Department of Tourism (DoT) Secretary Bernadette Romulo-Puyat gave her explicit approval of the Las Casas Filipinas de Acuzar’s formula of preserving local historical sites, which some conservationists find upsetting.
Puyat, on an Instagram post Friday, touched upon the Bagac, Bataan resort’s controversial method, but seemed fine with and even thoroughly impressed by it.
“So much of our forgotten history is packed into this place. Though the houses have been uprooted from their provenance, their new home in Bataan imbues them with historical significance,” she wrote.
The controversy surrounding Las Casas mainly has to do with how heritage structures are physically taken from their original locations and transferred there. To call it a “transplant” would probably be accurate to critics.
The DoT boss goes into picturesque detail regarding her recent visit to the resort: “Las Casas Filipinas de Acuzar’s collection of heritage architecture are meticulously reconstructed mansions from the colonial period, breathed new life with the exquisite craftsmanship of Bataan’s artisans.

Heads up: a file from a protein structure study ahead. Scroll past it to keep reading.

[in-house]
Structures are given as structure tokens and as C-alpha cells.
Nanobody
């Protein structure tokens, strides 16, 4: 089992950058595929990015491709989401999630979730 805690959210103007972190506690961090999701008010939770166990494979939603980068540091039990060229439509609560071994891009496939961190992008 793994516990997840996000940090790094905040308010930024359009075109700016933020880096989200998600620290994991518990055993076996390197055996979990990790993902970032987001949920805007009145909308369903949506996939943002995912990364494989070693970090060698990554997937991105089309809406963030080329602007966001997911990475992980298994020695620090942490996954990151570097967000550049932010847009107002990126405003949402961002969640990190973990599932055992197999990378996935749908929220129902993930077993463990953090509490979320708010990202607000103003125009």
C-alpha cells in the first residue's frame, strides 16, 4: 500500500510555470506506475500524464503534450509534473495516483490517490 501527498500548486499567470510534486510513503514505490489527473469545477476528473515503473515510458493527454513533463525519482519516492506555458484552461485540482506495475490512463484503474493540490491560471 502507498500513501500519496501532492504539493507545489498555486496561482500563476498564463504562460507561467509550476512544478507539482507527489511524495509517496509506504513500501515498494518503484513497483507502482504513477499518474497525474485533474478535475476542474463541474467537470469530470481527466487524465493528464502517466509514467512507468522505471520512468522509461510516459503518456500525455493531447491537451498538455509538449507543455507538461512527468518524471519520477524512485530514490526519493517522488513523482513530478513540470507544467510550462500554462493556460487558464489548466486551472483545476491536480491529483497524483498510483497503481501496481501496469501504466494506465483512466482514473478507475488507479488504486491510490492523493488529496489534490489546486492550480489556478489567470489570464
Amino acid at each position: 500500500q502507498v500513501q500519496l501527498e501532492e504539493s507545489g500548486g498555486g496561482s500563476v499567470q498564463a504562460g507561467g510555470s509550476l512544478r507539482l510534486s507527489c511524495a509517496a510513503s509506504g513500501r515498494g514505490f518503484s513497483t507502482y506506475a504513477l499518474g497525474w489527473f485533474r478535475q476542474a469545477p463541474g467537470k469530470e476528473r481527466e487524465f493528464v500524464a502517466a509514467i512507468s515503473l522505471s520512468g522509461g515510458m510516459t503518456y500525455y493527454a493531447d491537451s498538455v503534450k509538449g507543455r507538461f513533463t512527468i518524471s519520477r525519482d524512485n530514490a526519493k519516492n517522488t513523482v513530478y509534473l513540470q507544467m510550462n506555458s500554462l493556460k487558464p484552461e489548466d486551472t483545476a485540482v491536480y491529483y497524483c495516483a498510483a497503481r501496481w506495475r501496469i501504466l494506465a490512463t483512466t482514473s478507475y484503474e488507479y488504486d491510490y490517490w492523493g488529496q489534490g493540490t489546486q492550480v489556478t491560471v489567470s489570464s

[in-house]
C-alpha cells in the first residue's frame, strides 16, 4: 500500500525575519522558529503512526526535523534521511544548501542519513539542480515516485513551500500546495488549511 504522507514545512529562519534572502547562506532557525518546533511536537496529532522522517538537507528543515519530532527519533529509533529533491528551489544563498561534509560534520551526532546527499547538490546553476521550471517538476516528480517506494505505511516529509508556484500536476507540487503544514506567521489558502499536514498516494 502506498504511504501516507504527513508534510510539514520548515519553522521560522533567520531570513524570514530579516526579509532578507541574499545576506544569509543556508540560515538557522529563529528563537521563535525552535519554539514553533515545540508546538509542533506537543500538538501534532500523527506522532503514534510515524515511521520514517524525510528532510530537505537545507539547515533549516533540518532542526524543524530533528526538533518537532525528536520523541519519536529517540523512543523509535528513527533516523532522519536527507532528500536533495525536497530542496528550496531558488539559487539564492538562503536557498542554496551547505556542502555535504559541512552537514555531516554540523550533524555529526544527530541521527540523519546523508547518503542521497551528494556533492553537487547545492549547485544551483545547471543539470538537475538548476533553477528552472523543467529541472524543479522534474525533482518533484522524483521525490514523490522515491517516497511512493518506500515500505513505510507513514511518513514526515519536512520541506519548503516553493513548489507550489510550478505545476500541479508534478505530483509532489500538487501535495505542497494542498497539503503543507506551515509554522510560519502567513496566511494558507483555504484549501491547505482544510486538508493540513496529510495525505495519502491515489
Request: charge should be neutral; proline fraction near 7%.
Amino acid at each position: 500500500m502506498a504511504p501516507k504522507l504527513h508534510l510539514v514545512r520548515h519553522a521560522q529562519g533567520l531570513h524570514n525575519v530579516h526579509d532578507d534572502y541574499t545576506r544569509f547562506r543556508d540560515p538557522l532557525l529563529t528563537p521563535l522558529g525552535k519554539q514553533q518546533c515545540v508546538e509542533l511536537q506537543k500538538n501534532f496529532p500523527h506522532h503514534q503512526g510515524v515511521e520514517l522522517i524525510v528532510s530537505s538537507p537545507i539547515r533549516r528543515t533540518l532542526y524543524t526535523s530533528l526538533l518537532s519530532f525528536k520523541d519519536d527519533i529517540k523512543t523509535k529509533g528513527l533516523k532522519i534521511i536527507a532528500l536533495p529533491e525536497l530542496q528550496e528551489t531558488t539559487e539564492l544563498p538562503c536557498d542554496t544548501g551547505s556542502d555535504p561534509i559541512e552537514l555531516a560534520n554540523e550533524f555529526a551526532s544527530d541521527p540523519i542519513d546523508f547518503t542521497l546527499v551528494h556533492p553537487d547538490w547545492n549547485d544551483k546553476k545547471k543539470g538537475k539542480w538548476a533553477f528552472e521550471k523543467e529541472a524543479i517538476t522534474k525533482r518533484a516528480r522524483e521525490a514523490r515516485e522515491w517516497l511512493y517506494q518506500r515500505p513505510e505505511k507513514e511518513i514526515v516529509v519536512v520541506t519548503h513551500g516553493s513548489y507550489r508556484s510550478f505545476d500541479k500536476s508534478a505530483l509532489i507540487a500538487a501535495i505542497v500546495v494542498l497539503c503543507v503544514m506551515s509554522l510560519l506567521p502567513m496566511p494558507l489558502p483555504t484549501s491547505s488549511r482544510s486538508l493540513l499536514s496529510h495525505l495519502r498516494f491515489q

Part resort, part open-air museum, the 400-hectare property in Bagac in an immersive trip back in time to Old Manila, complete with ‘kalesa’ rides and a ‘balsa’ (boat) ride through the waterway.”
Puyat’s IG post also included a clip of her in a balsa ride, which looks like the closest to a Venice gondola ride that the Philippines can offer.
She described Las Casas as “more than a movie set – although films have been shot here – but a portal to time when the Philippines was on the brink of revolution and liberation.”
‘Each casa, which owner Jerry Acuzar acquired from various locations around the country and rescued from neglect, is a witness to history and has its own rich tale of intrigue and survival,” she said, further signifying her approval of the preservation efforts there.
Created in 2003, Las Casas Filipinas de Acuzar covers a 400-hectare property and houses 128 guest rooms and 63 elite casas.